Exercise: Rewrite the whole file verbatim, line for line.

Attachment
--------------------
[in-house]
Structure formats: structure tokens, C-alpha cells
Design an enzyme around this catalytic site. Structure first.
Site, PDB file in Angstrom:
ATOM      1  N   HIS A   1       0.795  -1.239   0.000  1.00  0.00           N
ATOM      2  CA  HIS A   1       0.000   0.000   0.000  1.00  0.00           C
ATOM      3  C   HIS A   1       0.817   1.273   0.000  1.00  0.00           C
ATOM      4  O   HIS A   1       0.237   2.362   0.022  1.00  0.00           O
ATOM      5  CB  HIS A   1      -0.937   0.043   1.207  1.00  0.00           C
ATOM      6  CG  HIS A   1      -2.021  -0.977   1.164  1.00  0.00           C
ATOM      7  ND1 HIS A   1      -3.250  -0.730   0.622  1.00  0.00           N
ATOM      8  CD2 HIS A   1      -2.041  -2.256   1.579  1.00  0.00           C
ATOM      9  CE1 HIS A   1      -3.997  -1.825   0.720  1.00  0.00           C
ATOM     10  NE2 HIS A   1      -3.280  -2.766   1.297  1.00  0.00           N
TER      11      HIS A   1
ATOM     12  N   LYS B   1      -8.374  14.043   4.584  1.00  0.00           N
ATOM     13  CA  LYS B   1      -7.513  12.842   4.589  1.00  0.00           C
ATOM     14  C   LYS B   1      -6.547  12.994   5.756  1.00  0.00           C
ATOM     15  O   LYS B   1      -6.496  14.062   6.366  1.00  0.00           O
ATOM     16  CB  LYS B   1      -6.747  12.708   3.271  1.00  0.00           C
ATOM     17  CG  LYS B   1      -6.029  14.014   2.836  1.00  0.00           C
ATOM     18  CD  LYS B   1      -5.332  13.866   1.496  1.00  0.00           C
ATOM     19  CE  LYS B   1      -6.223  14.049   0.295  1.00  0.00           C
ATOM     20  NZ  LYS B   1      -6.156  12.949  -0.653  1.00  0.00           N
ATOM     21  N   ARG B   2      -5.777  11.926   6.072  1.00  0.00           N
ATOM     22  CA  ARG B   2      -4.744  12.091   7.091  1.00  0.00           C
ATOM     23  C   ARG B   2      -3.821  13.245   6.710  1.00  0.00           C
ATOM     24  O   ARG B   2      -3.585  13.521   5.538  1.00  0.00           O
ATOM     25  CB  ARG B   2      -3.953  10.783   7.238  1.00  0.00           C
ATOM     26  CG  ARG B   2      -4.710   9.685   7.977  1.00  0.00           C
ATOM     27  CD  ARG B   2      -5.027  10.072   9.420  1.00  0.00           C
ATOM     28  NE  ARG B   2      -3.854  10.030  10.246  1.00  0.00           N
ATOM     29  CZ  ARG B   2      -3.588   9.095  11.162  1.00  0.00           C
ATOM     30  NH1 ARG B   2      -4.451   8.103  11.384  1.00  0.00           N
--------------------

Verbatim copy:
[in-house]
Structure formats: structure tokens, C-alpha cells
Design an enzyme around this catalytic site. Structure first.
Site, PDB file in Angstrom:
ATOM      1  N   HIS A   1       0.795  -1.239   0.000  1.00  0.00           N
ATOM      2  CA  HIS A   1       0.000   0.000   0.000  1.00  0.00           C
ATOM      3  C   HIS A   1       0.817   1.273   0.000  1.00  0.00           C
ATOM      4  O   HIS A   1       0.237   2.362   0.022  1.00  0.00           O
ATOM      5  CB  HIS A   1      -0.937   0.043   1.207  1.00  0.00           C
ATOM      6  CG  HIS A   1      -2.021  -0.977   1.164  1.00  0.00           C
ATOM      7  ND1 HIS A   1      -3.250  -0.730   0.622  1.00  0.00           N
ATOM      8  CD2 HIS A   1      -2.041  -2.256   1.579  1.00  0.00           C
ATOM      9  CE1 HIS A   1      -3.997  -1.825   0.720  1.00  0.00           C
ATOM     10  NE2 HIS A   1      -3.280  -2.766   1.297  1.00  0.00           N
TER      11      HIS A   1
ATOM     12  N   LYS B   1      -8.374  14.043   4.584  1.00  0.00           N
ATOM     13  CA  LYS B   1      -7.513  12.842   4.589  1.00  0.00           C
ATOM     14  C   LYS B   1      -6.547  12.994   5.756  1.00  0.00           C
ATOM     15  O   LYS B   1      -6.496  14.062   6.366  1.00  0.00           O
ATOM     16  CB  LYS B   1      -6.747  12.708   3.271  1.00  0.00           C
ATOM     17  CG  LYS B   1      -6.029  14.014   2.836  1.00  0.00           C
ATOM     18  CD  LYS B   1      -5.332  13.866   1.496  1.00  0.00           C
ATOM     19  CE  LYS B   1      -6.223  14.049   0.295  1.00  0.00           C
ATOM     20  NZ  LYS B   1      -6.156  12.949  -0.653  1.00  0.00           N
ATOM     21  N   ARG B   2      -5.777  11.926   6.072  1.00  0.00           N
ATOM     22  CA  ARG B   2      -4.744  12.091   7.091  1.00  0.00           C
ATOM     23  C   ARG B   2      -3.821  13.245   6.710  1.00  0.00           C
ATOM     24  O   ARG B   2      -3.585  13.521   5.538  1.00  0.00           O
ATOM     25  CB  ARG B   2      -3.953  10.783   7.238  1.00  0.00           C
ATOM     26  CG  ARG B   2      -4.710   9.685   7.977  1.00  0.00           C
ATOM     27  CD  ARG B   2      -5.027  10.072   9.420  1.00  0.00           C
ATOM     28  NE  ARG B   2      -3.854  10.030  10.246  1.00  0.00           N
ATOM     29  CZ  ARG B   2      -3.588   9.095  11.162  1.00  0.00           C
ATOM     30  NH1 ARG B   2      -4.451   8.103  11.384  1.00  0.00           N